ShareThis Page
Obituary Stories

Former Greensburg teacher enjoyed independence, never stopped learning

Jeff Himler
| Saturday, Oct. 13, 2018, 5:03 p.m.
Helen Mae Koynok, 92, of Greensburg died Sunday, Oct. 7., 2018, in St. Anne’s Villa Angela, Greensburg.
Helen Mae Koynok, 92, of Greensburg died Sunday, Oct. 7., 2018, in St. Anne’s Villa Angela, Greensburg.

Helen Koynok had an inquisitive, independent mind.

After her husband and soulmate, George, died in 2002, she left her Greensburg home and “packed up and went to Florida,” her daughter, Mary House, said. “She was close to 78 at the time.”

Mrs. Koynok moved to Stuart, Fla., where another daughter resides, on the Atlantic coast, but she chose to live in her own condominium.

“She drove herself around and went to the ocean,” House said. “She always wanted to live by the ocean.

“She made a lot of friends down there. She didn’t want to come live with any of us because she didn’t want to be a burden to anybody.”

A dozen years later, after breaking her wrist, Mrs. Koynok moved back to Greensburg, taking up residence in St. Anne’s Villa Angela, an assisted living facility.

But that didn’t stop her from remaining active.

House noted her mother became part of a championship Wii bowling team at the home and learned to keep in touch with far-flung family members using Skype and Facebook.

“She was technology-savvy to some extent,” House said. “She never did stop learning.”

Helen Mae Koynok, 92, of Greensburg died Sunday, Oct. 7, 2018, in St. Anne’s Villa Angela, Greensburg. Born in Hannastown on Nov. 26, 1925, she was a daughter of the late George and Helen Mallon.

Trained as a cadet nurse during World War II, Mrs. Koynok served as a nurse at Mercy Hospital. While beginning to raise four children, she worked for several years as a second-grade teacher at the Blessed Sacrament Cathedral school in Greensburg, now known as Aquinas Academy.

“The children liked her and respected her,” House said of the students. “She took that job because it was close to home and she could be home for us.”

“The teacher in her never left her,” said granddaughter Sharon Blair. “The summer after I was in first grade, she noticed that my reading was not up to par. She would make me practice my reading before I could go swimming. I absolutely hated it then, but I love her for it now.”

House noted her mother “really kept herself in shape, with swimming and walking.” That included walking the better part of a mile to and from work at the Social Security disability office in Greensburg. Mrs. Koynok assisted with disability claims there until her 1980s retirement.

An avid reader, she enjoyed playing bridge, pinochle and Mahjong, and once played the piano.

Also a lover of the great outdoors, Mrs. Koynok preferred picnics to dining at restaurants. Once her children were grown, she traveled with her husband to scenic sites such as Old Faithful, eventually making it to all 50 states.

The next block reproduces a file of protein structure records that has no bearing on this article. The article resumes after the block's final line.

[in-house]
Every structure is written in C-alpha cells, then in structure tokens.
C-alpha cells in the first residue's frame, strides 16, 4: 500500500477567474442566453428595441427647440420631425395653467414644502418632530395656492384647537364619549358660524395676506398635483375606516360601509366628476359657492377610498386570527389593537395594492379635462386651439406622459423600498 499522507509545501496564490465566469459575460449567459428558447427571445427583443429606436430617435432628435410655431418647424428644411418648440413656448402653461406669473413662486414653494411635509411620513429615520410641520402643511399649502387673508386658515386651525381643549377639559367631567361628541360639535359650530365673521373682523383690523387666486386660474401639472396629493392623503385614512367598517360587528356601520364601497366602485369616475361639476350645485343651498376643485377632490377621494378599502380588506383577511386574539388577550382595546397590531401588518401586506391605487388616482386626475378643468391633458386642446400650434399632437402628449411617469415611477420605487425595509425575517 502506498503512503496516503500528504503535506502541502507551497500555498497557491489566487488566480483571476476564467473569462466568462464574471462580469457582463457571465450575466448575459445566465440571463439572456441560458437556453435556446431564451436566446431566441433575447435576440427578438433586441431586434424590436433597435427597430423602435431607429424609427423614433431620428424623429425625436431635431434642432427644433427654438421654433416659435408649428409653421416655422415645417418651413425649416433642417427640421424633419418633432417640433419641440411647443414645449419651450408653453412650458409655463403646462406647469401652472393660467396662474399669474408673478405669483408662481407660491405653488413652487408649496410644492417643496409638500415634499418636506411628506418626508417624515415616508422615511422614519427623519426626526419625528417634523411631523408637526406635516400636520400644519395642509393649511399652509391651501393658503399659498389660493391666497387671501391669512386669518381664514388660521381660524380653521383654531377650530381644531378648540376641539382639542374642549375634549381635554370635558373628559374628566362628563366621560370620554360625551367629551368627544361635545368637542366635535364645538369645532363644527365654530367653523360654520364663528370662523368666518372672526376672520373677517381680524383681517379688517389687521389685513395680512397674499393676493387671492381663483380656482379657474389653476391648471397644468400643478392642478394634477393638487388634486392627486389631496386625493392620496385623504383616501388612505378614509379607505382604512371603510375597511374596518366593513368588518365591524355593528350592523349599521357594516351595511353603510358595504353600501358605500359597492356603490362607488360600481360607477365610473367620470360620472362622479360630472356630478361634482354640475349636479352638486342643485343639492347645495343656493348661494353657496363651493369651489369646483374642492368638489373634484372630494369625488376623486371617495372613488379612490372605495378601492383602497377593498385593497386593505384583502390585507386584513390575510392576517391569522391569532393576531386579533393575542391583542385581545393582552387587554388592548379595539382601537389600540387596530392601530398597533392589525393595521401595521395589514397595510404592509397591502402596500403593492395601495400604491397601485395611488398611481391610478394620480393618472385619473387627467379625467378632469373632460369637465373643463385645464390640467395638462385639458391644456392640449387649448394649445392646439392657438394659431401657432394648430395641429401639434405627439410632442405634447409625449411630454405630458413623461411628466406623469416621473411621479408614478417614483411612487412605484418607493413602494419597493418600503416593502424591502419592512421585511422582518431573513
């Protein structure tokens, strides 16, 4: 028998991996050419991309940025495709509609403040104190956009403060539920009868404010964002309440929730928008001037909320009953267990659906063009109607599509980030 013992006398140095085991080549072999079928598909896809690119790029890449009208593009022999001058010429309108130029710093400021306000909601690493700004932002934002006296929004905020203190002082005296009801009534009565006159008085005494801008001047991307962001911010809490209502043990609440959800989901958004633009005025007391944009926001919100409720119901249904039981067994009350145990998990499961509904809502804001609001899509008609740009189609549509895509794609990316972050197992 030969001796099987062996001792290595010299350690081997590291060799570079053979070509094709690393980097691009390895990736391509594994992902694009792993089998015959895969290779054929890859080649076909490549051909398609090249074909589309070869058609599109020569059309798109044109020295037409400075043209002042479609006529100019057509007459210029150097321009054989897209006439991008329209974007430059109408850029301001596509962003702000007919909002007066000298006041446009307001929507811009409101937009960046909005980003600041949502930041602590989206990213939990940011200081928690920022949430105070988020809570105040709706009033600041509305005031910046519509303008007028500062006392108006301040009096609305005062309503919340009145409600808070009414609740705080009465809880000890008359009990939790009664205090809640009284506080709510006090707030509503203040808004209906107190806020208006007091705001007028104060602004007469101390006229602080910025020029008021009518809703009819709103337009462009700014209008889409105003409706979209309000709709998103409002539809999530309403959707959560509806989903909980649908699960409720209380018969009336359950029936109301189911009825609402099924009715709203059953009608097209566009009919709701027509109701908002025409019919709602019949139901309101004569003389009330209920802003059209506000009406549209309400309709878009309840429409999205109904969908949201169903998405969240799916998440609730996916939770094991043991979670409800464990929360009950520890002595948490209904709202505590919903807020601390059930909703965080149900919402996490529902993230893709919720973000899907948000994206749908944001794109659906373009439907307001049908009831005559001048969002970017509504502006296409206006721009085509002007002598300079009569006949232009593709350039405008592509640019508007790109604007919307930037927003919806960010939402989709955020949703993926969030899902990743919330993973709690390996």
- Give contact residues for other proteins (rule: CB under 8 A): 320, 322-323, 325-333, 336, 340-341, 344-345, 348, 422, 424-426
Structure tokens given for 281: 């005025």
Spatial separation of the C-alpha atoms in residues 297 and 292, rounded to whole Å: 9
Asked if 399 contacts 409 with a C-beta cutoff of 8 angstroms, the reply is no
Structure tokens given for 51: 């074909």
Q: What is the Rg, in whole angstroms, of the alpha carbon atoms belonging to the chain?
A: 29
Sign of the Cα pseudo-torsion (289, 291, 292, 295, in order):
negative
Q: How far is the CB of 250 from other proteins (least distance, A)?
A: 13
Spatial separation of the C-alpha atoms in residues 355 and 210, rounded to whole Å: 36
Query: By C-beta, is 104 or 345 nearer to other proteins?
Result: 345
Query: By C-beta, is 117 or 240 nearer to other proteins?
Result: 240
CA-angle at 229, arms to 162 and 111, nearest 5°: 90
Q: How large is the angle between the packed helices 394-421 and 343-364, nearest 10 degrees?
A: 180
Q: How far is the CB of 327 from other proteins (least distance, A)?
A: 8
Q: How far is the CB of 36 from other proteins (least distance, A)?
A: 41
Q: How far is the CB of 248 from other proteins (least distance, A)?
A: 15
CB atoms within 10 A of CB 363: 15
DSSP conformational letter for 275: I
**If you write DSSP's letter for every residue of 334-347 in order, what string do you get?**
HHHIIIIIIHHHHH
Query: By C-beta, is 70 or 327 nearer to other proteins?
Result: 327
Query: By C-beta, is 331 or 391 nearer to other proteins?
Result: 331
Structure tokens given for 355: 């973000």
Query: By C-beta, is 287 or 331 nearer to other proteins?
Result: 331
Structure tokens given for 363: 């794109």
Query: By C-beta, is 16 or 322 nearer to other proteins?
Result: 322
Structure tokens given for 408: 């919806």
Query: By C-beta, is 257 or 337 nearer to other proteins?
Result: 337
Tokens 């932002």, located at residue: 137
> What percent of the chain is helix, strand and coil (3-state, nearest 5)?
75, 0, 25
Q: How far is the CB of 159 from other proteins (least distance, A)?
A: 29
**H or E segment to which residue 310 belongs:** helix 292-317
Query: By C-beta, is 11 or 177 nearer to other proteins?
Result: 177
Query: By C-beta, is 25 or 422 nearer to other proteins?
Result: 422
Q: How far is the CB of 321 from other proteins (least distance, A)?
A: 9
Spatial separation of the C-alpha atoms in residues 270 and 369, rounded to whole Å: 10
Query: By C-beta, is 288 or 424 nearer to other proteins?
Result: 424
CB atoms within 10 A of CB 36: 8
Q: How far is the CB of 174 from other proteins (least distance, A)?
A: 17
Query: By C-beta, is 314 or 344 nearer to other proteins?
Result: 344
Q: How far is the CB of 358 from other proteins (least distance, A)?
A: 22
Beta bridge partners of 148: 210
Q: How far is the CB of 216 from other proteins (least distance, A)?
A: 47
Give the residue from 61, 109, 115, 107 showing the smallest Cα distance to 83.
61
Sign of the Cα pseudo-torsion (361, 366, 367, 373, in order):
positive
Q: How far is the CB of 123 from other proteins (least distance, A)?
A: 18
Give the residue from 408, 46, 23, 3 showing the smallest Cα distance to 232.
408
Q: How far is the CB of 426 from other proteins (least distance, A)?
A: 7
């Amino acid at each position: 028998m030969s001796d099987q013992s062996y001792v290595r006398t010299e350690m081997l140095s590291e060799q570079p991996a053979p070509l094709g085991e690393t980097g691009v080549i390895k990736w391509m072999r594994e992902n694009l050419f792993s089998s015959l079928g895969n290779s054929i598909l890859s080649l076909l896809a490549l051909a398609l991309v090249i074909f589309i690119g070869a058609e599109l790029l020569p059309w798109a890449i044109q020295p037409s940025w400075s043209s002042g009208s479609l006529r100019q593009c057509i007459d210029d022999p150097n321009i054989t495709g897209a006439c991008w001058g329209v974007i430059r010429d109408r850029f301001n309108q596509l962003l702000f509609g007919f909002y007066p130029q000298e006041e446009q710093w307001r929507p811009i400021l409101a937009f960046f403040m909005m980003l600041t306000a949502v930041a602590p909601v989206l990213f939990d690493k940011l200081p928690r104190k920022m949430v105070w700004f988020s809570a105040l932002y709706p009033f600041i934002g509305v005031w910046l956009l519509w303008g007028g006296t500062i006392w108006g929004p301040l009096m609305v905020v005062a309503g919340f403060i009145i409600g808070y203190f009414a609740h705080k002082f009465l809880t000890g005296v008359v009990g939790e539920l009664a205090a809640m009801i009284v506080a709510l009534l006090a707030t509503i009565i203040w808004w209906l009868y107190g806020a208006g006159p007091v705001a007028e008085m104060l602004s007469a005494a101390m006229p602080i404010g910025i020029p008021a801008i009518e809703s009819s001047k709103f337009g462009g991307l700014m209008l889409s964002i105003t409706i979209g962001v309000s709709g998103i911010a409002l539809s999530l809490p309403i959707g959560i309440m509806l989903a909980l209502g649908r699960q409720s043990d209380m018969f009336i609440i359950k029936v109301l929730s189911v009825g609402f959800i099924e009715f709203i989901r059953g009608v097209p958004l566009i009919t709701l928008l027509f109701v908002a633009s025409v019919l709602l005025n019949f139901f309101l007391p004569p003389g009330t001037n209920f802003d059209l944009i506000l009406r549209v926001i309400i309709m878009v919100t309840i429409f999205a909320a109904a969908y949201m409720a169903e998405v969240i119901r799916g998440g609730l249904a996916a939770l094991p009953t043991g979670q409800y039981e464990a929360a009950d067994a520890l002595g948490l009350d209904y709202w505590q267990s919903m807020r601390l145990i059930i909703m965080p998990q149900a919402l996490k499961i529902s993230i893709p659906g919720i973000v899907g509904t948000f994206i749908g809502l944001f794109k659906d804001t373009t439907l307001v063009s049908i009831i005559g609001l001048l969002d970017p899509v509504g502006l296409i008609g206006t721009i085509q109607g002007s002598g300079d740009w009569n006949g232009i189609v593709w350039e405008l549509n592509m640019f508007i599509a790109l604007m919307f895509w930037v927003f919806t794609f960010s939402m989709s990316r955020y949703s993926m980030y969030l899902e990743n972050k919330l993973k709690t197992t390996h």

A longtime member of Blessed Sacrament Cathedral, Mrs. Koynok was strong in her faith and had a knack for finding the best in every situation, her daughter said.

“She took things as they came and never complained about them,” House said. “She just found things to fill her life, and she moved on. She would say, ‘You have to take the bitter with the better.’”

Mrs. Koynok is survived by four children, Terri Pittler and her husband, Leonard, of Stuart, Fla., George Jr. and his wife, Marcy, Mary House, and David and his wife, Joni, all of Greensburg; eight grandchildren; nine great-grandchildren.

Relatives and friends are invited to greet Mrs. Koynok’s family at 10 a.m. Friday for a funeral Mass at St. Bartholomew Church in Crabtree. Interment is private.

Jeff Himler is a Tribune-Review staff writer. You can contact Jeff at 724-836-6622, jhimler@tribweb.com or via Twitter @jhimler_news.

TribLIVE commenting policy

You are solely responsible for your comments and by using TribLive.com you agree to our Terms of Service.

We moderate comments. Our goal is to provide substantive commentary for a general readership. By screening submissions, we provide a space where readers can share intelligent and informed commentary that enhances the quality of our news and information.

While most comments will be posted if they are on-topic and not abusive, moderating decisions are subjective. We will make them as carefully and consistently as we can. Because of the volume of reader comments, we cannot review individual moderation decisions with readers.

We value thoughtful comments representing a range of views that make their point quickly and politely. We make an effort to protect discussions from repeated comments either by the same reader or different readers

We follow the same standards for taste as the daily newspaper. A few things we won't tolerate: personal attacks, obscenity, vulgarity, profanity (including expletives and letters followed by dashes), commercial promotion, impersonations, incoherence, proselytizing and SHOUTING. Don't include URLs to Web sites.

We do not edit comments. They are either approved or deleted. We reserve the right to edit a comment that is quoted or excerpted in an article. In this case, we may fix spelling and punctuation.

We welcome strong opinions and criticism of our work, but we don't want comments to become bogged down with discussions of our policies and we will moderate accordingly.

We appreciate it when readers and people quoted in articles or blog posts point out errors of fact or emphasis and will investigate all assertions. But these suggestions should be sent via e-mail. To avoid distracting other readers, we won't publish comments that suggest a correction. Instead, corrections will be made in a blog post or in an article.

click me